FOR IMMEDIATE RELEASE
May 13, 2004
Contact: Robert M. Garsson
OCC Assesses $25 Million Penalty Against Riggs Bank N.A.
WASHINGTON — The Office of the Comptroller of the Currency announced today that it has assessed a $25 million civil money penalty against Riggs Bank N.A. for numerous violations of the Bank Secrecy Act. In a separate enforcement action, the OCC imposed a number of new requirements aimed at ensuring compliance with the Bank Secrecy Act and other reporting requirements.
In assessing the penalty, the OCC found that the bank had failed to implement an effective anti-money laundering program. As a result, it did not detect or investigate suspicious transactions and had not filed Suspicious Activity Reports as required under the law. The bank also did not collect or maintain sufficient information about its foreign banking customers.
The OCC found a number of problems with the bank's account relationships with foreign governments, including Saudi Arabia and Equatorial Guinea. Riggs failed to properly monitor, and report as suspicious, transactions involving tens of millions of dollars in cash withdrawals, international drafts that were returned to the bank, and numerous sequentially-numbered cashier's checks.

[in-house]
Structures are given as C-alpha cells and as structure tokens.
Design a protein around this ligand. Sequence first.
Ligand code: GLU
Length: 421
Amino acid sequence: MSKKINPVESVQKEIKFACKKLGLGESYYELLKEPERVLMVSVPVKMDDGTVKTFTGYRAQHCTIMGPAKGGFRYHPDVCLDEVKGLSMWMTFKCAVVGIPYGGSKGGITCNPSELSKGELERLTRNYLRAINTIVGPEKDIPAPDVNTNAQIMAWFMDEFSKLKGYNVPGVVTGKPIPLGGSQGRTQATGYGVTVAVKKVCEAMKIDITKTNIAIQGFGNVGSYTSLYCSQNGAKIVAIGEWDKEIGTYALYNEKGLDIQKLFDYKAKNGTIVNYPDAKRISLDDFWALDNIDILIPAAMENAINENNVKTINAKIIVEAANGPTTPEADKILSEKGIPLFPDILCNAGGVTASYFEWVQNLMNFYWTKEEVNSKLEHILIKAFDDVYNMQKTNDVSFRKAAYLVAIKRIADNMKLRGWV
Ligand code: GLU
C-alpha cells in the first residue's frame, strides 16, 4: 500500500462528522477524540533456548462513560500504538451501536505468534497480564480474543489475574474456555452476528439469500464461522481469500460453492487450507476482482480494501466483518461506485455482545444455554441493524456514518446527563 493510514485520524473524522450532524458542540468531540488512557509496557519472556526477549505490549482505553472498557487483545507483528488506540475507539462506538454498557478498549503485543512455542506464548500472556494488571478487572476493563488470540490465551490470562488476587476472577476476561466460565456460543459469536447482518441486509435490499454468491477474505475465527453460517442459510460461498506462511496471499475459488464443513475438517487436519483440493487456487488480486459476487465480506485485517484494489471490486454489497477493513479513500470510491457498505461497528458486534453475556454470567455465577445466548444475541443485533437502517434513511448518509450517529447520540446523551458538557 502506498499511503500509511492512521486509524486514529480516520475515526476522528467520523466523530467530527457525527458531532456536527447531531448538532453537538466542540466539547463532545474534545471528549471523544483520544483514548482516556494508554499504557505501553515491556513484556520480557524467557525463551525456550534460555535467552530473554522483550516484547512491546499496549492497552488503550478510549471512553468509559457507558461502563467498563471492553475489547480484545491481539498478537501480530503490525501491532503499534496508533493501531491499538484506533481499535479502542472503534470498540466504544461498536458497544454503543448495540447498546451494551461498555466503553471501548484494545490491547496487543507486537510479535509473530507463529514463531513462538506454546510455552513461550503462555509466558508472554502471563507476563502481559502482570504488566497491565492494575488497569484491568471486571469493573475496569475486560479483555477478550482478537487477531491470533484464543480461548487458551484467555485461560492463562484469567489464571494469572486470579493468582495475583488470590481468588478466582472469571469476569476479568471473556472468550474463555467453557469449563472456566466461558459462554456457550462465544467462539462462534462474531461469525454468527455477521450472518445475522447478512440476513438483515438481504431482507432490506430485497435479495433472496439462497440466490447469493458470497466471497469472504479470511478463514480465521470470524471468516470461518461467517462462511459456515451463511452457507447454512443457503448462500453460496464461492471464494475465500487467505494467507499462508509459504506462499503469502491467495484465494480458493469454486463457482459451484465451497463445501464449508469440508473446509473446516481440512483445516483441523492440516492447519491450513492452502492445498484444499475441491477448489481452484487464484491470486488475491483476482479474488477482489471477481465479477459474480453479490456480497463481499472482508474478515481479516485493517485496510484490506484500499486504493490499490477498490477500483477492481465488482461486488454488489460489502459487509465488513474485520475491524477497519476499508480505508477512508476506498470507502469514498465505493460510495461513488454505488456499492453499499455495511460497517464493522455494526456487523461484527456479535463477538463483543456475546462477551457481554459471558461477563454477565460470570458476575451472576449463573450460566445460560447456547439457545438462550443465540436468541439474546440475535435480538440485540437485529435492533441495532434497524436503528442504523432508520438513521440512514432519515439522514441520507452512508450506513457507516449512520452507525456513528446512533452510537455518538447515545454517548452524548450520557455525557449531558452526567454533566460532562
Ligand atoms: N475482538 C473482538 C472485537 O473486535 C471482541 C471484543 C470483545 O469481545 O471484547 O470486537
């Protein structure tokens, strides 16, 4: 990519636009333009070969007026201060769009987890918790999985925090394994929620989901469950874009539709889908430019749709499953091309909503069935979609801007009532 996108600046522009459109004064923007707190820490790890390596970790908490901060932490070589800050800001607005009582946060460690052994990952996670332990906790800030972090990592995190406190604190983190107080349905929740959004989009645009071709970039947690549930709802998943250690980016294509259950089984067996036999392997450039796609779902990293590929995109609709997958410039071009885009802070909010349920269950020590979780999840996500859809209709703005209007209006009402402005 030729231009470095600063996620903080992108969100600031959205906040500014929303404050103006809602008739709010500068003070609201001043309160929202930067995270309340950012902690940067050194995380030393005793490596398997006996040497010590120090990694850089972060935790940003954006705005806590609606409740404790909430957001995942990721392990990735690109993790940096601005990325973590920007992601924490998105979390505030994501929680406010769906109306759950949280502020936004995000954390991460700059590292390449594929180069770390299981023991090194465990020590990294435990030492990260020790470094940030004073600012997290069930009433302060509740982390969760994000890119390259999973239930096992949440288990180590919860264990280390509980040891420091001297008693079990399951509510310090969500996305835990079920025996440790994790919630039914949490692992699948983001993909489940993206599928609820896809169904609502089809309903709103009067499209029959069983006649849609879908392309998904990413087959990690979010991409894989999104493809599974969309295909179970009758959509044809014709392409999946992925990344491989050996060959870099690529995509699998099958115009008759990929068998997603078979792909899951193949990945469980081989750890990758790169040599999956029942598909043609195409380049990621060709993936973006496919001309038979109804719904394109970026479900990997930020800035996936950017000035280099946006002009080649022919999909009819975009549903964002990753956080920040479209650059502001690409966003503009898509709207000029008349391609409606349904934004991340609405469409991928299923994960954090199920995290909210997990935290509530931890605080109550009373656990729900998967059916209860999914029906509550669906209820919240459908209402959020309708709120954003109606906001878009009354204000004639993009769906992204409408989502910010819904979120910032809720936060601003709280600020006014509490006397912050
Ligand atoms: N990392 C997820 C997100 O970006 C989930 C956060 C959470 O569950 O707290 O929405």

"The Bank Secrecy Act has been enormously helpful in providing law enforcement agencies with information about illicit activities," said Comptroller of the Currency John D. Hawke, Jr. "Today, it is one more weapon we can bring to bear in the war on terrorism. The OCC expects banks to have effective anti-money laundering programs in place and we will take strong action against any national bank that is not in compliance with this important law."
The penalty assessment is concurrent with the $25 million penalty assessed against Riggs by the Financial Crimes Enforcement Network (FinCEN). The penalties will be satisfied by one payment of $25 million to the Department of the Treasury.
In a separate order, the OCC directed the bank to take a number of steps to correct deficiencies in its internal controls, particularly in the area of the Bank Secrecy Act and anti-money laundering efforts. Among other requirements, the OCC directed the bank to:
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